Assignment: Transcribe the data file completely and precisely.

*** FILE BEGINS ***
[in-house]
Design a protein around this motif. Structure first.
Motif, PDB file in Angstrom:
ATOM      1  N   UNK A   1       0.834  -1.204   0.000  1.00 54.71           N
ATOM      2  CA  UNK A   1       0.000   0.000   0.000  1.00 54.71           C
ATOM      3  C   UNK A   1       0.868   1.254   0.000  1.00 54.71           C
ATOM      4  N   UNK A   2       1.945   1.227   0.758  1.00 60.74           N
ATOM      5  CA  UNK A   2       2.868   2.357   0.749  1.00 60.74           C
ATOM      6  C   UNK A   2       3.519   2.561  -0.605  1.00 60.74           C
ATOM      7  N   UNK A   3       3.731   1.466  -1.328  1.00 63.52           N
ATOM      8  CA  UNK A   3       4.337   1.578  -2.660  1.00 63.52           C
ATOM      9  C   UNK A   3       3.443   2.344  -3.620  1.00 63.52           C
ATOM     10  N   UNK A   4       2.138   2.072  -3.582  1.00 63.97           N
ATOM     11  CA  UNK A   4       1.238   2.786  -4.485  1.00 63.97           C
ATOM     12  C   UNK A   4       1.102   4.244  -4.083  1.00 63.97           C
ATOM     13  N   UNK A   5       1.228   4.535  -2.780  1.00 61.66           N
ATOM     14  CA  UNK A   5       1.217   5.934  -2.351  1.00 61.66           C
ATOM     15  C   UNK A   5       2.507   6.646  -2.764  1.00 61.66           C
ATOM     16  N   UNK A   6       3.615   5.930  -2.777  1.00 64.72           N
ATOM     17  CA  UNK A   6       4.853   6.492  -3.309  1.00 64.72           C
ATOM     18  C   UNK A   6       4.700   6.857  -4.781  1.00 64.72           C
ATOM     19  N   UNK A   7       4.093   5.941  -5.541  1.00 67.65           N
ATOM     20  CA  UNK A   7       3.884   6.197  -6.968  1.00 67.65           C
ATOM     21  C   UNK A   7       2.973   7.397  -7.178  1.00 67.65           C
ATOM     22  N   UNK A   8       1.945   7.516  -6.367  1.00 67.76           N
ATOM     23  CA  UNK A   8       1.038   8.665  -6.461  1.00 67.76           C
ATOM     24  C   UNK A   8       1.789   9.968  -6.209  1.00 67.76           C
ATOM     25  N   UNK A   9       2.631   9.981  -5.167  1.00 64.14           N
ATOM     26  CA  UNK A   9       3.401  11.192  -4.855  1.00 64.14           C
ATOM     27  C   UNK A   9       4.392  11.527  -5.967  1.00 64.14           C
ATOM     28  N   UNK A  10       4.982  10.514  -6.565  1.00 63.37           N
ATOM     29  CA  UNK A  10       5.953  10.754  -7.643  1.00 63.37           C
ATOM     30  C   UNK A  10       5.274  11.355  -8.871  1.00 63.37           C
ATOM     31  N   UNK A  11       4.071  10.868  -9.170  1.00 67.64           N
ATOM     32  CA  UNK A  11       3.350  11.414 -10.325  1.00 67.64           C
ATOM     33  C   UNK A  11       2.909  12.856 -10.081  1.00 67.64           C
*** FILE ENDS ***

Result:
[in-house]
Design a protein around this motif. Structure first.
Motif, PDB file in Angstrom:
ATOM      1  N   UNK A   1       0.834  -1.204   0.000  1.00 54.71           N
ATOM      2  CA  UNK A   1       0.000   0.000   0.000  1.00 54.71           C
ATOM      3  C   UNK A   1       0.868   1.254   0.000  1.00 54.71           C
ATOM      4  N   UNK A   2       1.945   1.227   0.758  1.00 60.74           N
ATOM      5  CA  UNK A   2       2.868   2.357   0.749  1.00 60.74           C
ATOM      6  C   UNK A   2       3.519   2.561  -0.605  1.00 60.74           C
ATOM      7  N   UNK A   3       3.731   1.466  -1.328  1.00 63.52           N
ATOM      8  CA  UNK A   3       4.337   1.578  -2.660  1.00 63.52           C
ATOM      9  C   UNK A   3       3.443   2.344  -3.620  1.00 63.52           C
ATOM     10  N   UNK A   4       2.138   2.072  -3.582  1.00 63.97           N
ATOM     11  CA  UNK A   4       1.238   2.786  -4.485  1.00 63.97           C
ATOM     12  C   UNK A   4       1.102   4.244  -4.083  1.00 63.97           C
ATOM     13  N   UNK A   5       1.228   4.535  -2.780  1.00 61.66           N
ATOM     14  CA  UNK A   5       1.217   5.934  -2.351  1.00 61.66           C
ATOM     15  C   UNK A   5       2.507   6.646  -2.764  1.00 61.66           C
ATOM     16  N   UNK A   6       3.615   5.930  -2.777  1.00 64.72           N
ATOM     17  CA  UNK A   6       4.853   6.492  -3.309  1.00 64.72           C
ATOM     18  C   UNK A   6       4.700   6.857  -4.781  1.00 64.72           C
ATOM     19  N   UNK A   7       4.093   5.941  -5.541  1.00 67.65           N
ATOM     20  CA  UNK A   7       3.884   6.197  -6.968  1.00 67.65           C
ATOM     21  C   UNK A   7       2.973   7.397  -7.178  1.00 67.65           C
ATOM     22  N   UNK A   8       1.945   7.516  -6.367  1.00 67.76           N
ATOM     23  CA  UNK A   8       1.038   8.665  -6.461  1.00 67.76           C
ATOM     24  C   UNK A   8       1.789   9.968  -6.209  1.00 67.76           C
ATOM     25  N   UNK A   9       2.631   9.981  -5.167  1.00 64.14           N
ATOM     26  CA  UNK A   9       3.401  11.192  -4.855  1.00 64.14           C
ATOM     27  C   UNK A   9       4.392  11.527  -5.967  1.00 64.14           C
ATOM     28  N   UNK A  10       4.982  10.514  -6.565  1.00 63.37           N
ATOM     29  CA  UNK A  10       5.953  10.754  -7.643  1.00 63.37           C
ATOM     30  C   UNK A  10       5.274  11.355  -8.871  1.00 63.37           C
ATOM     31  N   UNK A  11       4.071  10.868  -9.170  1.00 67.64           N
ATOM     32  CA  UNK A  11       3.350  11.414 -10.325  1.00 67.64           C
ATOM     33  C   UNK A  11       2.909  12.856 -10.081  1.00 67.64           C